David Bentley Hart undertook this new translation of the New Testament in the spirit of "etsi doctrina non daretur", "as if doctrine is not given". Reproducing the texts' often fragmentary formulations without augmentation or correction, he has produced a pitilessly literal translation, one that captures the texts' impenetrability and unfinished quality while awakening listeners to an uncanniness that often lies hidden beneath doctrinal layers.
The early Christians' sometimes raw, astonished, and halting prose challenges the idea that the New Testament affirms the kind of people we are. Hart reminds us that they were a company of extremists, radical in their rejection of the values and priorities of society not only at its most degenerate, but often at its most reasonable and decent.
"To live as the New Testament language requires," he writes, "Christians would have to become strangers and sojourners on the earth, to have here no enduring city, to belong to a Kingdom truly not of this world. And we surely cannot do that, can we?"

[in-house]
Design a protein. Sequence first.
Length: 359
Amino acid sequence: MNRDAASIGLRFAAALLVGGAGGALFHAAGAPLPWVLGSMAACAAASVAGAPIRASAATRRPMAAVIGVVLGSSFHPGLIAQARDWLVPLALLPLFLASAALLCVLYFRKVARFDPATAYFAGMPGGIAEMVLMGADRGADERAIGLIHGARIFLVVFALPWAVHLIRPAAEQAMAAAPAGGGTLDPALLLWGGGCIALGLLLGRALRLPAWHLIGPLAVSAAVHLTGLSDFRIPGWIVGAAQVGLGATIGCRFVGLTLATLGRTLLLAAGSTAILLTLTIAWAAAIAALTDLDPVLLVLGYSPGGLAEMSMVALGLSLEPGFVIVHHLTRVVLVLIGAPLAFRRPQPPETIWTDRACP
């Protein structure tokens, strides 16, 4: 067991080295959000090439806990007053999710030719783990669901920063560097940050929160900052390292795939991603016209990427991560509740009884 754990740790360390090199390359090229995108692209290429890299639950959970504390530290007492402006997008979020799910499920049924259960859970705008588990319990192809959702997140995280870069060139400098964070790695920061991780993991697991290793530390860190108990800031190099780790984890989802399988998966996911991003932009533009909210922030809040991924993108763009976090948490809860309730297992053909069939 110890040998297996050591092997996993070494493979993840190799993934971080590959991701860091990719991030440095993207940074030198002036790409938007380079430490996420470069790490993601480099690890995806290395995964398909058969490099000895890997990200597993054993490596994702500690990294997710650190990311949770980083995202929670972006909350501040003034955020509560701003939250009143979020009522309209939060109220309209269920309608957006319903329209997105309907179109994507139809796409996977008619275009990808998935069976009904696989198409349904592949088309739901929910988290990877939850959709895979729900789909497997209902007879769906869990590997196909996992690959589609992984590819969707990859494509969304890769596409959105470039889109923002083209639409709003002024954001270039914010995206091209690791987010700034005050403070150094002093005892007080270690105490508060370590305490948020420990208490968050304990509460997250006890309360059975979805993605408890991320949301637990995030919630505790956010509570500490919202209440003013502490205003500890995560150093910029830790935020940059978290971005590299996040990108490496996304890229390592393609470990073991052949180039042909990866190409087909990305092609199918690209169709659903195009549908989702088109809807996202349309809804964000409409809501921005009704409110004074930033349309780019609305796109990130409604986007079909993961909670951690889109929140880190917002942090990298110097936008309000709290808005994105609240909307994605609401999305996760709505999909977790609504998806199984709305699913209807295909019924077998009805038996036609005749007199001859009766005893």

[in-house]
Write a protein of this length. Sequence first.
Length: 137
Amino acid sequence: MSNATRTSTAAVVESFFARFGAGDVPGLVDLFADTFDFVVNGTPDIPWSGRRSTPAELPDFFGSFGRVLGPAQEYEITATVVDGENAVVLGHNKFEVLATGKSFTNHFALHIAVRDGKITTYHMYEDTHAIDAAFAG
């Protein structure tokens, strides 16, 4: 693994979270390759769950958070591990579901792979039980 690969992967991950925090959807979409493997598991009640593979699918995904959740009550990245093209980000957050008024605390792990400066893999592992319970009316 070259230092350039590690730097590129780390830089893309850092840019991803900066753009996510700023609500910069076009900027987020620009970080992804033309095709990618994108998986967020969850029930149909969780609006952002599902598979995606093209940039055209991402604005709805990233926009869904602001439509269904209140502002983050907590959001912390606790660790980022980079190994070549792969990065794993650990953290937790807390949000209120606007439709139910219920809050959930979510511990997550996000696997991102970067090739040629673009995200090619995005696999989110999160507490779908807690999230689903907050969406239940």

"This necessary, brilliantly presented translation reads like taking a biblical studies class with a provocative professor." (Publishers Weekly)
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- Canon John 3
Back To the sources of The Source
David Bentley Hart is a remarkable Orthodox formerly Anglican theologian with a very sharp intellect. He has gone back to original Greek texts and created his own translation of the New Testament. With all the recent modern translations which attempt to revise and soften the meaning of the New Testament for the sake of Political Correctness. Hart lets the texts speak for themselves with word choices that are often stark and lively. The reader Eric Martin does an excellent job. This audio version is especially appropriate for those who are familiar with New Testament. It is a pleasure and a revelation to listen to. It may give one's theological perspective a refreshing work out.
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